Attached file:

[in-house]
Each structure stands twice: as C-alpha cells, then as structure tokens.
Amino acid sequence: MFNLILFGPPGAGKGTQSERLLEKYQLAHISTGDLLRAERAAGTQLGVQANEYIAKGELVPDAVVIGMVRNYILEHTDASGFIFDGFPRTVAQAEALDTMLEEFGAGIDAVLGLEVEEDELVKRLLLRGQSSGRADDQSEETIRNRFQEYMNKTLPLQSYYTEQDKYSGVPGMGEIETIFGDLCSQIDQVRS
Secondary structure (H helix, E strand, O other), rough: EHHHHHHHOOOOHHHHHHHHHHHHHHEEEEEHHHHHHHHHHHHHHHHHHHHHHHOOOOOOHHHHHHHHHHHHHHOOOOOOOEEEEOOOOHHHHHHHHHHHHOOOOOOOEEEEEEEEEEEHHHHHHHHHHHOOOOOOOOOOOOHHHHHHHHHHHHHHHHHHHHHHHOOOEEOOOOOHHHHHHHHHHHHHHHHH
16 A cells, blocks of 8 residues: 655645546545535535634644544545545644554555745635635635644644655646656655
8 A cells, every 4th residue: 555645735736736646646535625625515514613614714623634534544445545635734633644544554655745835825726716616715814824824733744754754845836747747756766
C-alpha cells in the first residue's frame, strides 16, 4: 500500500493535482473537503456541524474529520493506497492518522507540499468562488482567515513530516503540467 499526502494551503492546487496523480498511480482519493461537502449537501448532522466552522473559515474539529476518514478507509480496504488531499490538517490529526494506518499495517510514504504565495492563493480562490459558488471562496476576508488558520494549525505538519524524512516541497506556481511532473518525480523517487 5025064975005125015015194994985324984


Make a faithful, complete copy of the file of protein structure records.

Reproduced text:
[in-house]
Each structure stands twice: as C-alpha cells, then as structure tokens.
Amino acid sequence: MFNLILFGPPGAGKGTQSERLLEKYQLAHISTGDLLRAERAAGTQLGVQANEYIAKGELVPDAVVIGMVRNYILEHTDASGFIFDGFPRTVAQAEALDTMLEEFGAGIDAVLGLEVEEDELVKRLLLRGQSSGRADDQSEETIRNRFQEYMNKTLPLQSYYTEQDKYSGVPGMGEIETIFGDLCSQIDQVRS
Secondary structure (H helix, E strand, O other), rough: EHHHHHHHOOOOHHHHHHHHHHHHHHEEEEEHHHHHHHHHHHHHHHHHHHHHHHOOOOOOHHHHHHHHHHHHHHOOOOOOOEEEEOOOOHHHHHHHHHHHHOOOOOOOEEEEEEEEEEEHHHHHHHHHHHOOOOOOOOOOOOHHHHHHHHHHHHHHHHHHHHHHHOOOEEOOOOOHHHHHHHHHHHHHHHHH
16 A cells, blocks of 8 residues: 655645546545535535634644544545545644554555745635635635644644655646656655
8 A cells, every 4th residue: 555645735736736646646535625625515514613614714623634534544445545635734633644544554655745835825726716616715814824824733744754754845836747747756766
C-alpha cells in the first residue's frame, strides 16, 4: 500500500493535482473537503456541524474529520493506497492518522507540499468562488482567515513530516503540467 499526502494551503492546487496523480498511480482519493461537502449537501448532522466552522473559515474539529476518514478507509480496504488531499490538517490529526494506518499495517510514504504565495492563493480562490459558488471562496476576508488558520494549525505538519524524512516541497506556481511532473518525480523517487 5025064975005125015015194994985324984